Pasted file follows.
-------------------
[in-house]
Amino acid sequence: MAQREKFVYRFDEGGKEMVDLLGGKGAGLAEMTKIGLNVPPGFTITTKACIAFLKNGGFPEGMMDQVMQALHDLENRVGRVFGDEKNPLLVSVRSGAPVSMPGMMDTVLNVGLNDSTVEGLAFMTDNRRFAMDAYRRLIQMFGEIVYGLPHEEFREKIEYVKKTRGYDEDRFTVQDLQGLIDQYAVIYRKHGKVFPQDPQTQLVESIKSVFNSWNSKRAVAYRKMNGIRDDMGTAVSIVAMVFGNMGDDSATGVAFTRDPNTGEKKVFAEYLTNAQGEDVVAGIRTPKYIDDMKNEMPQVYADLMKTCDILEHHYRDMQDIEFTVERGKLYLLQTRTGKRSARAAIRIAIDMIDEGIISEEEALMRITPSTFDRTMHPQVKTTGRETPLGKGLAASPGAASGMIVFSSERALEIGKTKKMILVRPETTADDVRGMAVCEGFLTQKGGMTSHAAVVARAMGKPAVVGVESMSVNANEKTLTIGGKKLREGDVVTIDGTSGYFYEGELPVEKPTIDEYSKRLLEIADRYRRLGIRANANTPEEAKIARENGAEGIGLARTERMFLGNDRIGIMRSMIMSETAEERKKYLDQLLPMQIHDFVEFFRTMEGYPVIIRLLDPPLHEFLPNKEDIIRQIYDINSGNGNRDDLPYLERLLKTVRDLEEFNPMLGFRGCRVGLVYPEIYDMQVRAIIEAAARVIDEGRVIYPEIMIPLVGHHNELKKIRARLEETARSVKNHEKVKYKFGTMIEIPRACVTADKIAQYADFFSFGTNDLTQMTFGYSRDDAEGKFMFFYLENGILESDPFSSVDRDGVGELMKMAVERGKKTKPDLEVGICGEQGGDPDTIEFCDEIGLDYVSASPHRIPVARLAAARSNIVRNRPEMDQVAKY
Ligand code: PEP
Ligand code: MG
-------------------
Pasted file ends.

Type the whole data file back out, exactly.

[in-house]
Amino acid sequence: MAQREKFVYRFDEGGKEMVDLLGGKGAGLAEMTKIGLNVPPGFTITTKACIAFLKNGGFPEGMMDQVMQALHDLENRVGRVFGDEKNPLLVSVRSGAPVSMPGMMDTVLNVGLNDSTVEGLAFMTDNRRFAMDAYRRLIQMFGEIVYGLPHEEFREKIEYVKKTRGYDEDRFTVQDLQGLIDQYAVIYRKHGKVFPQDPQTQLVESIKSVFNSWNSKRAVAYRKMNGIRDDMGTAVSIVAMVFGNMGDDSATGVAFTRDPNTGEKKVFAEYLTNAQGEDVVAGIRTPKYIDDMKNEMPQVYADLMKTCDILEHHYRDMQDIEFTVERGKLYLLQTRTGKRSARAAIRIAIDMIDEGIISEEEALMRITPSTFDRTMHPQVKTTGRETPLGKGLAASPGAASGMIVFSSERALEIGKTKKMILVRPETTADDVRGMAVCEGFLTQKGGMTSHAAVVARAMGKPAVVGVESMSVNANEKTLTIGGKKLREGDVVTIDGTSGYFYEGELPVEKPTIDEYSKRLLEIADRYRRLGIRANANTPEEAKIARENGAEGIGLARTERMFLGNDRIGIMRSMIMSETAEERKKYLDQLLPMQIHDFVEFFRTMEGYPVIIRLLDPPLHEFLPNKEDIIRQIYDINSGNGNRDDLPYLERLLKTVRDLEEFNPMLGFRGCRVGLVYPEIYDMQVRAIIEAAARVIDEGRVIYPEIMIPLVGHHNELKKIRARLEETARSVKNHEKVKYKFGTMIEIPRACVTADKIAQYADFFSFGTNDLTQMTFGYSRDDAEGKFMFFYLENGILESDPFSSVDRDGVGELMKMAVERGKKTKPDLEVGICGEQGGDPDTIEFCDEIGLDYVSASPHRIPVARLAAARSNIVRNRPEMDQVAKY
Ligand code: PEP
Ligand code: MG